Without addressing whether the district court applied the proper evidentiary standard, we conclude that excluding each of these proffers was an abuse of discretion because each constitutes a “miscellaneous fact” tending to prove that Wenell may have killed Silva. Hawkins, 260 N.W.2d 159. Minnesota Rule of Evidence 401 defines “relevant evidence” as that which has “any tendency to make the existence of any fact that is of consequence to the determination of the action more probable or less probable than it would be without the evidence.” Wenell’s statement that she killed someone in Duluth and got away with it bears on the question of whether Wenell may have killed Silva. Similarly, Wenell’s statements that she had killed before and could kill again constituted miscellaneous facts tending to prove Wenell’s involvement in Silva’s death.
When a court erroneously excludes evidence, the defendant is entitled to a new trial only if he can demonstrate that he was prejudiced. Amos, 658 N.W.2d at 203. In Hawkins, we held that a defendant was prejudiced by the court’s exclusion of evidence when the exclusion deprived the defense of evidence that was crucial to the maintenance of a proper defense. 260 N.W.2d at 160. In the case at hand, however, we conclude that the excluded evidence was cumulative, not crucial. Witnesses Clint Perrin and Minneapolis Police Officer Lupe Herrera testified that Wenell expressly stated that she had killed Silva. Because the district court admitted evidence of statements by Wenell that she had caused Silva’s death, we conclude that Huff was not prejudiced when the court excluded Wenell’s more generalized statements that she had killed someone in Duluth and that she had killed before and could kill again.
Accordingly, we hold that the exclusion of this evidence connecting Wenell to Silva’s murder did not deny Huff the opportunity to defend himself.
We now turn to Huff’s assertion that the district court erroneously excluded evidence of Wenell’s other crimes, wrongs, and bad acts. A defendant may present evidence of other crimes, wrongs, or bad acts committed by an alternative perpetrator in order to cast reasonable doubt upon the identification of the defendant as the person who committed the charged crime. Jones, 678 N.W.2d at 16. This evidence is known as reverse-Spreigl evidence. Id. For reverse-Spreigl evidence to be admitted, the defendant must first meet the threshold requirement of connecting the alleged alternative perpetrator to the commission of charged crime. Id. If the defendant meets this threshold requirement, the proffered reverse-Spreigl evidence is admissible if the defendant has shown (1) by clear and convincing evidence that the alleged alternative perpetrator participated in the reverse-Spreigl incident, (2) that the reverse-Spreigl incident is relevant and material to the defendant’s case, and (3) that the probative value of the evidence outweighs its potential for unfair prejudice. Id. at 16-17. We have explained the parameters of reverse-Spreigl evidence as follows:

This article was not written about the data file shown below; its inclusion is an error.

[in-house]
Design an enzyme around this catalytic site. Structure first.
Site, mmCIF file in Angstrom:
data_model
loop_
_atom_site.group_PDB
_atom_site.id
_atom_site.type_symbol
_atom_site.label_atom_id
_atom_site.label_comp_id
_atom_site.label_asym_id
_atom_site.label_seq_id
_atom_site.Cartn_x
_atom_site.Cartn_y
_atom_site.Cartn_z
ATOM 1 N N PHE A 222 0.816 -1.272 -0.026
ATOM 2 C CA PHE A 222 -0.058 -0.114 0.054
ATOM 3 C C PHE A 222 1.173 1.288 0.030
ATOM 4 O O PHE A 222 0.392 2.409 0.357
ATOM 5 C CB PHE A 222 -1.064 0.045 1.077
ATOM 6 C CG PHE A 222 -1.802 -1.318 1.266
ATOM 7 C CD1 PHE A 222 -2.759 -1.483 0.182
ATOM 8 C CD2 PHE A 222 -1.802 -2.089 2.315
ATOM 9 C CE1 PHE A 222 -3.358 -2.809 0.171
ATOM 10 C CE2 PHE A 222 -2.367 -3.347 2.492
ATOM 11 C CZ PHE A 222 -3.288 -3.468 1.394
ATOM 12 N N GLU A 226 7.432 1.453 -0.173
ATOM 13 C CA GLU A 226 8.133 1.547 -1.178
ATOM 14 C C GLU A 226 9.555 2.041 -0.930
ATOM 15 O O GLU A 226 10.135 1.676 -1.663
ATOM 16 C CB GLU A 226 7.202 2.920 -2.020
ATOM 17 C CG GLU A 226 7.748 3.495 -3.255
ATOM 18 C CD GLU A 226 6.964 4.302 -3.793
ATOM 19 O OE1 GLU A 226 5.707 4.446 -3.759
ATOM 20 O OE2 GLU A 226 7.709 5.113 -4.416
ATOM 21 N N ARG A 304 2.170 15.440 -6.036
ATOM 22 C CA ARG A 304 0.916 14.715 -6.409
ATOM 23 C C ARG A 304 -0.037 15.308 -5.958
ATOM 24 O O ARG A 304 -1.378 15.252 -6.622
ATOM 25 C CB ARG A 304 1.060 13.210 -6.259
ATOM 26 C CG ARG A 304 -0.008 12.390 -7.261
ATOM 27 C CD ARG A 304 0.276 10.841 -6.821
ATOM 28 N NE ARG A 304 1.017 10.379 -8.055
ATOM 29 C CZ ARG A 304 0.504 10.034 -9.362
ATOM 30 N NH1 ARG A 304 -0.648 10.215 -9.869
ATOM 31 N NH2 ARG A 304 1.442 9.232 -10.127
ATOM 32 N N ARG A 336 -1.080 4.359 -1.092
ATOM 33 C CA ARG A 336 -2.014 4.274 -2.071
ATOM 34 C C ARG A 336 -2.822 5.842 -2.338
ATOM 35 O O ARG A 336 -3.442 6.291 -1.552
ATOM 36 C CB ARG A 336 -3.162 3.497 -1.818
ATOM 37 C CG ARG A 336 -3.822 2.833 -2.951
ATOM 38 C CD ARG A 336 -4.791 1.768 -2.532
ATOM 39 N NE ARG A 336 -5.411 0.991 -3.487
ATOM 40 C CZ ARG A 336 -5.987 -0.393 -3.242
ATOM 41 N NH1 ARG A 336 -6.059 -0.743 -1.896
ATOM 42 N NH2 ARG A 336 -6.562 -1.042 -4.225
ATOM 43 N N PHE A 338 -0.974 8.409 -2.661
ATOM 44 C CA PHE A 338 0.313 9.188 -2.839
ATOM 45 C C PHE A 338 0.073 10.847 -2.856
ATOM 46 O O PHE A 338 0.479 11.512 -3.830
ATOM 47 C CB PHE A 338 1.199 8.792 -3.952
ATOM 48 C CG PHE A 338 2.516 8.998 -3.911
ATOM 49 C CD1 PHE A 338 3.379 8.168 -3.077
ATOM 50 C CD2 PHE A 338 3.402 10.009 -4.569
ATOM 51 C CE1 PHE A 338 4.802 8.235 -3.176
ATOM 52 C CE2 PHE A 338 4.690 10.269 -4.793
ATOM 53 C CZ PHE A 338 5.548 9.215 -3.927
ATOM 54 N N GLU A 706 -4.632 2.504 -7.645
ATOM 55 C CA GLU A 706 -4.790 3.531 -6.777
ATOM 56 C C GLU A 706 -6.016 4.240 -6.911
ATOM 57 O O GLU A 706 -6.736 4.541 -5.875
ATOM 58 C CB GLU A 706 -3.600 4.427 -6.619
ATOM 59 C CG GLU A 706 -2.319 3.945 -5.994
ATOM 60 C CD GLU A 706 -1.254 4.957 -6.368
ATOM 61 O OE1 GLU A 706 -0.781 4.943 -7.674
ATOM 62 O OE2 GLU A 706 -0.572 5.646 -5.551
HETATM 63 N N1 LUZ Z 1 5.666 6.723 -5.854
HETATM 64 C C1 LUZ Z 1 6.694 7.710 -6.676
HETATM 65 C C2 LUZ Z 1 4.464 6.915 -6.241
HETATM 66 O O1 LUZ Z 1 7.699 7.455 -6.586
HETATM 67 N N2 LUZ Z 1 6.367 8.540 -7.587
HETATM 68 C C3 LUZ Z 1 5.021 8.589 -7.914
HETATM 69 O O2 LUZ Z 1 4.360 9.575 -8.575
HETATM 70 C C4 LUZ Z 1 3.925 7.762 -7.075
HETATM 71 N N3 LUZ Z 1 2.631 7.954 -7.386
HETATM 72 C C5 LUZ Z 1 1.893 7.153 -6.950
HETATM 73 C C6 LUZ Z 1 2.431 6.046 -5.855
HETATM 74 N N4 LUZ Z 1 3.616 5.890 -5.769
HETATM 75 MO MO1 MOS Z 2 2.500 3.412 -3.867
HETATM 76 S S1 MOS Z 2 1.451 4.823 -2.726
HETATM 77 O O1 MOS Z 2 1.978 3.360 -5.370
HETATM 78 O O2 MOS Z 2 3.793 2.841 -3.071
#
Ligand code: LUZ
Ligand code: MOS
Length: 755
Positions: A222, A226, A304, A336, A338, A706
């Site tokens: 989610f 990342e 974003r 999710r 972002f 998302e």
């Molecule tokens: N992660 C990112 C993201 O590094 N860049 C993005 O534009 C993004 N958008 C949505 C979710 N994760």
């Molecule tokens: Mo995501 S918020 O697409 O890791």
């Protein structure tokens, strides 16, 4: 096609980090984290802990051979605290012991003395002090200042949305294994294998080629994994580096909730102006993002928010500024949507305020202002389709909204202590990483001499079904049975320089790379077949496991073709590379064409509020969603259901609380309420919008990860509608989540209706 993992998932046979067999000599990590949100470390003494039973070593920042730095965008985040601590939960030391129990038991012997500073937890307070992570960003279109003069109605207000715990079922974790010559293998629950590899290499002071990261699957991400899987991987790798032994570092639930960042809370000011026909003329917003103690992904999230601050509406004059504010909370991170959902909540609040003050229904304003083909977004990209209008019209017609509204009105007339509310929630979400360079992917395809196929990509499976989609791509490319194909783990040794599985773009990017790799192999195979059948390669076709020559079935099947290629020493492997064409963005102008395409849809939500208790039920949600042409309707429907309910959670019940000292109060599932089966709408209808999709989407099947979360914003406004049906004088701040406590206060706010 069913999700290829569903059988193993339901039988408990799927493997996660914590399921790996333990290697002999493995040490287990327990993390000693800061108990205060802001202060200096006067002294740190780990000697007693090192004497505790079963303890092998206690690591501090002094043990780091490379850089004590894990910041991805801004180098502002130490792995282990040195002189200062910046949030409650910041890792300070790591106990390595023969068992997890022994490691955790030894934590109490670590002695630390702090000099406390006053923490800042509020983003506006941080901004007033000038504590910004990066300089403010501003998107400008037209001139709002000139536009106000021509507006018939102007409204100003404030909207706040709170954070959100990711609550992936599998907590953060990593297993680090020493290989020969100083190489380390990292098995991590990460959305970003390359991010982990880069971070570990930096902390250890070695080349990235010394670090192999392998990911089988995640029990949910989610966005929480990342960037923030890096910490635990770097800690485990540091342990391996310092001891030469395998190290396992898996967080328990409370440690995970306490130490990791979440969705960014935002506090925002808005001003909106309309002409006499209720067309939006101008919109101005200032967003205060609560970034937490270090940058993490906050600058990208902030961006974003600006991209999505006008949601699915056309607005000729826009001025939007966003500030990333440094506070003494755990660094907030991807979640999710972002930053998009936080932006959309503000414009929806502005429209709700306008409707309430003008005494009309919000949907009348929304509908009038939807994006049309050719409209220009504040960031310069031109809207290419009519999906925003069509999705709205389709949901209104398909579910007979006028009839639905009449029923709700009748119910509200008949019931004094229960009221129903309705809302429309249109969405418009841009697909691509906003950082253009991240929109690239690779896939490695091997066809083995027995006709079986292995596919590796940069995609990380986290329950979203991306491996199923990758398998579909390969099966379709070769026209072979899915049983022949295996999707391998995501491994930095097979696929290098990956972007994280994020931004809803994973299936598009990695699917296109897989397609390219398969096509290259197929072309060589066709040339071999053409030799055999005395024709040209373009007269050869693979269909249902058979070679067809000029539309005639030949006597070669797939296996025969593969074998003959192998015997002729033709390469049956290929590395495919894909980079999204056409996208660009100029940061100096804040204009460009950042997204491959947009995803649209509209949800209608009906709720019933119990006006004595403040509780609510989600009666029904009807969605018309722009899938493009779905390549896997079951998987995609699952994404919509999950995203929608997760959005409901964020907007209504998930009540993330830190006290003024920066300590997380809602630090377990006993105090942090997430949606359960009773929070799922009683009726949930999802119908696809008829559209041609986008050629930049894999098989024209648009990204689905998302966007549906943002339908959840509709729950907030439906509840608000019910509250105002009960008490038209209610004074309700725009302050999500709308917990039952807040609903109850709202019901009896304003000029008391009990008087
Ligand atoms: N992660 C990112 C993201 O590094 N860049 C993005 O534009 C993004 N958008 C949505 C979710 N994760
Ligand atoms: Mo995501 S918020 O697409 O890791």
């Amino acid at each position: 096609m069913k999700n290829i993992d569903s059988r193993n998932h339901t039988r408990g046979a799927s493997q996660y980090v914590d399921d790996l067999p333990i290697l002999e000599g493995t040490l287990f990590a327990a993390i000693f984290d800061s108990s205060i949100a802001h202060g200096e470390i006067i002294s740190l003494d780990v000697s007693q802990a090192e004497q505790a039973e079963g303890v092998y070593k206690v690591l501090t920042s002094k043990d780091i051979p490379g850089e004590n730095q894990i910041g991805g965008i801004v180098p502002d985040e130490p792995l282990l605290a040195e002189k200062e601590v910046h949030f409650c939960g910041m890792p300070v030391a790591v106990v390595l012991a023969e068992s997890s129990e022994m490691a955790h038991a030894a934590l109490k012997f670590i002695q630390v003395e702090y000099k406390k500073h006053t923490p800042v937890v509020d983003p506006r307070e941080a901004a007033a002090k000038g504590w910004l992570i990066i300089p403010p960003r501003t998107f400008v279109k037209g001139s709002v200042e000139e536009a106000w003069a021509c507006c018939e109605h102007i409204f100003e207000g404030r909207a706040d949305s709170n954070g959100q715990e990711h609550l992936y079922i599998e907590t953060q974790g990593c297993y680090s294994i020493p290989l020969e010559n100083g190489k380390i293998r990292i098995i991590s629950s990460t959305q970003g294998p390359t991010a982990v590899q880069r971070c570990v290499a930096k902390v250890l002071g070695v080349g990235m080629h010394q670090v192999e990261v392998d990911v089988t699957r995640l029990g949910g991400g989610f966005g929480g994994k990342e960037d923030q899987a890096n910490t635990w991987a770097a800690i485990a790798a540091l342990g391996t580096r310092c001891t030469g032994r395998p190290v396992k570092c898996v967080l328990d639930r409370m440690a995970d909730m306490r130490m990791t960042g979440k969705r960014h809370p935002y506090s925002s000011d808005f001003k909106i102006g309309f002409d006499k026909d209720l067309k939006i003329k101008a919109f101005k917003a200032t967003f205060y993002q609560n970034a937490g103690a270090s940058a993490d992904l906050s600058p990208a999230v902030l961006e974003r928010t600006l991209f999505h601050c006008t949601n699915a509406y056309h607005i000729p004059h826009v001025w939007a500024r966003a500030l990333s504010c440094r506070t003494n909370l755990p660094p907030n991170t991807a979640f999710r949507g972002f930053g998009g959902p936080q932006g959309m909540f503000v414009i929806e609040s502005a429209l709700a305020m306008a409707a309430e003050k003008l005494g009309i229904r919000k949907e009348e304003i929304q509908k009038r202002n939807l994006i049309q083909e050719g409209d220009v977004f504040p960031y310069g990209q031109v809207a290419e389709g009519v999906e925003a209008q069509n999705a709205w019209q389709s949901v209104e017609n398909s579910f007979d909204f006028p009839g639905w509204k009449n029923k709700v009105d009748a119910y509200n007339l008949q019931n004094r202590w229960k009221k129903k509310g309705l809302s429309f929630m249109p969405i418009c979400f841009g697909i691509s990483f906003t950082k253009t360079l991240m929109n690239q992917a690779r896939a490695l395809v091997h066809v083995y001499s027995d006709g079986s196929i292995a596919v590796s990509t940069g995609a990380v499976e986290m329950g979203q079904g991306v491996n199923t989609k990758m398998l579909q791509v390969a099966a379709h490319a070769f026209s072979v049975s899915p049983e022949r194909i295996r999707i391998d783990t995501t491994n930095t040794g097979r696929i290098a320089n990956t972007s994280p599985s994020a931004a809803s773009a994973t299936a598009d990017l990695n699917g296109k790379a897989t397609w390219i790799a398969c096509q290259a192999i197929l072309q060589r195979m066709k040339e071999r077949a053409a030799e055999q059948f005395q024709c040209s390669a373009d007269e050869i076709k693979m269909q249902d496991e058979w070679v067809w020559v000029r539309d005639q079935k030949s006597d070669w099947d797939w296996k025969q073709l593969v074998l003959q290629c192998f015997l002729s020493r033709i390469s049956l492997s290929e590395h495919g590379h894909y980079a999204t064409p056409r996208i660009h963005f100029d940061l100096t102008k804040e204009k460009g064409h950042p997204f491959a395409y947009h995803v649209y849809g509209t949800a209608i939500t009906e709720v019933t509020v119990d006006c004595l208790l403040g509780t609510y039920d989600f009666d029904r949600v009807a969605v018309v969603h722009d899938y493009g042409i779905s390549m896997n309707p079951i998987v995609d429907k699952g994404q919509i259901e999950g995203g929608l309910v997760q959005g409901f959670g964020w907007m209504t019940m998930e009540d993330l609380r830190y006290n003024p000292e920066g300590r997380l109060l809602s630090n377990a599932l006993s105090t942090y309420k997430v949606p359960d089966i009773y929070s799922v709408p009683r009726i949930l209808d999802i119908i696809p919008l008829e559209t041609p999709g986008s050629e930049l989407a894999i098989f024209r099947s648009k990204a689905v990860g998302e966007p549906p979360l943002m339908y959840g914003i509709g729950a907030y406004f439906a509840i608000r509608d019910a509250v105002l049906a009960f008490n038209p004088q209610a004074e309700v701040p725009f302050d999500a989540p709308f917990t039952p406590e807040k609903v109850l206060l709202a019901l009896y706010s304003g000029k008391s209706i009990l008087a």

[A defendant should] have the right to show that crimes of a similar nature have been committed by some other person when the acts of such other person are so closely connected in point of time and method of operation as to cast doubt upon the identification of defendant as the person who committed the crime charged against him.
State v. Johnson, 568 N.W.2d 426, 433 (Minn. 1997) (quoting State v. Bock, 229 Minn. 449, 458, 39 N.W.2d 887, 892 (1949)).
A. Michael Grube’s Death
Huff claims that the district court erroneously excluded evidence that, 20 months after Silva died, Wenell killed Michael Grube in a manner that resembled the way Silva was killed. In February of 1998, Grube was found dead in a Duluth motel room. Grube was the former boyfriend of Tamara Bluefog. At Huff’s trial, Bluefog testified that she had been in a romantic relationship with Wenell from 1991 to 1993. According to Bluefog, when she attempted to end the relationship, Wenell stalked and threatened her, and was particularly angry that Bluefog had entered a relationship with a man. The day Grube died, he had been seen drinking with Wenell. Wenell rented the motel room in which his body was found, and “Maria”—the name by which Wenell referred to Silva—was written backward in soap on the motel room mirror in what appeared to be a woman’s handwriting—and a heart was drawn beneath the name. DNA testing revealed that Grube’s blood was on footwear Wenell was wearing the day of his death.